What inspiring quotes from late, great screen icon Kirk Douglas can screenwriters use in their screenwriting journeys?
Actor, producer, and philanthropist Kirk Douglas passed away Wednesday, February 5th, 2020 after a long life as one of this generation’s greatest actors and stars.
Born as Issur Danielovitch on December 9, 1916, in Amsterdam, New York, Douglas was the only boy among six sisters, all raised by Russian Jewish immigrants that moved to the United States for a better life.
Throughout his youth, he took on a variety of odd jobs to help the large family make ends meet.
Douglas began acting in high school plays and excelled in both sports and academics — later attending St. Lawrence University in upstate New York.
After he graduated, Douglas attended the American Academy of Dramatic Arts in New York City. After World War II broke out, he joined the US Navy, receiving an honorable discharge in 1944.
He married fellow actress Diana Dill, and the couple subsequently had two sons — Michael, born in 1944, and Joel, born in 1947. Douglas and Dill later divorced in 1951.
After the war, he started acting on the New York stage and radio.
In 1946, Kirk was cast in the Barbara Stanwyck film The Strange Love of Martha Ivers. The film launched his Hollywood career.
Douglas then acted in two film classics — 1947’s film noir Out of the Past and 1949’s A Letter to Three Wives.
In 1948, he also appeared with Burt Lancaster in I Walk Alone, beginning a seven-film collaboration with films that included Gunfight at the O.K. Corral (1957) and the political thriller Seven Days in May (1964).
Douglas became a star and garnered his first Academy Award nomination for 1949’s boxing classic Champion.
His next starring role was in then 1950’s Young Man with a Horn, playing opposite Doris Day.
In 1951, Billy Wilder cast him in Ace in the Hole, a film that failed at the box office but aged well, now thought of as one of their best. Many films followed, including one where he received his second Oscar nomination as the villainous film producer in The Bad and the Beautiful, opposite Lana Turner.
While acting in the European film Act of Love (1953), Douglas married the film’s publicist, German-born Belgian Anne Buydens. The new couple produced two sons, Peter and Eric. Kirk and Anne’s marriage was notable for its longevity— they celebrated a second “recommitment” ceremony on their 50th wedding anniversary.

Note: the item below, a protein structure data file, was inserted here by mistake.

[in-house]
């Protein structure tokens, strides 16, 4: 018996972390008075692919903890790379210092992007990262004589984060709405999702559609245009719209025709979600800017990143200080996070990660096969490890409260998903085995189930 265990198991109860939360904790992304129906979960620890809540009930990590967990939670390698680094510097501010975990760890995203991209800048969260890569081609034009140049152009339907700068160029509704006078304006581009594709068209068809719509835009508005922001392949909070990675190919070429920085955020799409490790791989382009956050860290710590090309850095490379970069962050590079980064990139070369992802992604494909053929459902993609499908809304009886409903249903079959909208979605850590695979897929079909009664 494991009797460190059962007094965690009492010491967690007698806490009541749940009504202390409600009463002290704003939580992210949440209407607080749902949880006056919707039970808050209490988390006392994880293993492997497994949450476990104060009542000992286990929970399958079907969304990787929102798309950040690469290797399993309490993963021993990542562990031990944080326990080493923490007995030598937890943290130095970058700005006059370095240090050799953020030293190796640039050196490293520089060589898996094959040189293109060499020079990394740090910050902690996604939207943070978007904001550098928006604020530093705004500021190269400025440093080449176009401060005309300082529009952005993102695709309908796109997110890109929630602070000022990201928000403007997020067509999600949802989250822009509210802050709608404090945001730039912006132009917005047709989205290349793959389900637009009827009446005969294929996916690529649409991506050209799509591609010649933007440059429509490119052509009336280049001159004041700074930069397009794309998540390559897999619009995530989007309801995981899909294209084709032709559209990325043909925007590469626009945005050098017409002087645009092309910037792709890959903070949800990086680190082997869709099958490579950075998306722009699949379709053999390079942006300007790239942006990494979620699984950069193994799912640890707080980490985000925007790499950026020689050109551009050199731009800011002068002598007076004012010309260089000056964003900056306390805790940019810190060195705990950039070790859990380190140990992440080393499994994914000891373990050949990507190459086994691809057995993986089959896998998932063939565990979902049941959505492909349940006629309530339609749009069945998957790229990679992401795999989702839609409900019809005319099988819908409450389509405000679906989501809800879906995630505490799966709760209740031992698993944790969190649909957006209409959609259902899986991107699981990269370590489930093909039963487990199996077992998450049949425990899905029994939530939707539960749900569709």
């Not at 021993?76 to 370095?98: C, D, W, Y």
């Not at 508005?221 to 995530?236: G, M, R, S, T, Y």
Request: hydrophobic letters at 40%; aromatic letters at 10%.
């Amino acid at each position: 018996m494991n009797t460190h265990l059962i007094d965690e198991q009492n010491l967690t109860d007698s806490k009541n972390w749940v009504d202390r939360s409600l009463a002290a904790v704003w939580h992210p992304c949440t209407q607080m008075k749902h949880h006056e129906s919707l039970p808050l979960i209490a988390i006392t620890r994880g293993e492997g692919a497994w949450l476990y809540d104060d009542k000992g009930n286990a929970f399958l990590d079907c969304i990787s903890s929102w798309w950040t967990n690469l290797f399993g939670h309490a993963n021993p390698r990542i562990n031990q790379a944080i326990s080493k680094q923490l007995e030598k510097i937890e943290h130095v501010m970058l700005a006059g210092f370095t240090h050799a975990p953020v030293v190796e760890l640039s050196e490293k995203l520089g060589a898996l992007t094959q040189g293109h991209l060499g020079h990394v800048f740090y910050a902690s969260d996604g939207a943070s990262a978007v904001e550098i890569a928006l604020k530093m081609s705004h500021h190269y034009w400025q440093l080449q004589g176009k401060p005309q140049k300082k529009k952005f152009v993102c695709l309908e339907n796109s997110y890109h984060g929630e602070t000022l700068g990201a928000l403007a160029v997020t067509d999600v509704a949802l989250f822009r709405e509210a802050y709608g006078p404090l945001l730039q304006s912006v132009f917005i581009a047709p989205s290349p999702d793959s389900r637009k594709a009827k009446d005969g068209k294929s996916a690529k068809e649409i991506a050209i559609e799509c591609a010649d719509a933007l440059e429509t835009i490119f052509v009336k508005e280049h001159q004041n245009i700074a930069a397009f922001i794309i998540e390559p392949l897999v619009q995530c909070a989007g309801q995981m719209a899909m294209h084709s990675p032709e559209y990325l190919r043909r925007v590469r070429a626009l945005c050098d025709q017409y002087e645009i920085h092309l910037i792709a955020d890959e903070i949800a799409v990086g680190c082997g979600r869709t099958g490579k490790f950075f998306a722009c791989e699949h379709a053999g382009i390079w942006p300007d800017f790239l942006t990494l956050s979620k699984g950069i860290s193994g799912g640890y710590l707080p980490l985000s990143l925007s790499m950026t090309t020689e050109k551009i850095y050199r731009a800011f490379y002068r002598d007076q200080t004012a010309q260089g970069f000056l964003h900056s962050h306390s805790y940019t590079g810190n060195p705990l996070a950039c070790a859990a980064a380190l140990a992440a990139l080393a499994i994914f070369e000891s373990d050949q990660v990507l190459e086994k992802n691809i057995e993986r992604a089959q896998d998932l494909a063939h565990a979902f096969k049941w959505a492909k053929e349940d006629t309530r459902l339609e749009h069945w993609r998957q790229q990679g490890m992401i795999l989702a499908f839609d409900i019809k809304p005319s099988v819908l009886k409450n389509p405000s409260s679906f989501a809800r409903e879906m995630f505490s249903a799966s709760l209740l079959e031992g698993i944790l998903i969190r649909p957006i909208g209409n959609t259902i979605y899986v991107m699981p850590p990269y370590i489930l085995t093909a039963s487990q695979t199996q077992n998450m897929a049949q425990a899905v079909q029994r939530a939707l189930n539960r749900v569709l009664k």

Shortly after their marriage, Kirk starred in one of his most iconic movies as a sailor in the hit Disney live-action version of Jules Verne’s 20,000 Leagues Under the Sea.
He received his third Oscar nomination as Vincent Van Gogh in 1956’s Lust for Life.
In 1955, Douglas formed The Bryna Company. At the time, actors having their own production company was unheard of.
They produced the critical hit Paths of Glory, 1957’s classic World War I anti-war drama directed by Stanley Kubrick. Douglas starred as Colonel Dax, a French commander who faces a life-defining moral dilemma.
The next year, he starred in the box office hit The Vikings.
In 1960, Douglas’s company produced Spartacus, reuniting Stanley Kubrick and Kirk Douglas. A notable historical note with this film touches on the Hollywood era’s blacklisting of artists. Douglas insisted formerly blacklisted screenwriter Dalton Trumbo be credited under his own name. This ended the McCarthy-era blacklist, which Douglas regards as the high point of his career.
Trumbo worked with Douglas again in 1962’s Lonely Are the Brave, one of Douglas’s favorite roles.
That next year, he began taking a series of international trips as a goodwill ambassador for the US State Department. He and his wife established The Douglas Foundation in 1964, which would go on to be one of the entertainment industry’s oldest and largest private philanthropic organizations, focusing on health, education, and the disadvantaged.
Douglas later starred as Randall McMurphy in a New York stage adaptation of the Ken Kesey novel One Flew Over the Cuckoo’s Nest. He gave the motion picture rights of the novel to his son Michael, who went on to produce a film version with Jack Nicholson in the McMurphy role. The film dominated the Academy Awards in 1975.
Douglas appeared in many films throughout the 1960s and 1970s, including The List of Adrian Messenger (1963), In Harm’s Way (1965), Is Paris Burning? (1966), The Arrangement (1969), Once Is Not Enough (1975), and The Fury (1978), directed by Brian De Palma.
1980 brought the science-fiction time-travel classic The Final Countdown — produced by his Douglas’s son Peter. In 1982, he traveled to Australia to star in The Man from Snowy River.
Douglas began to star in feature-length television films later in the 1980s.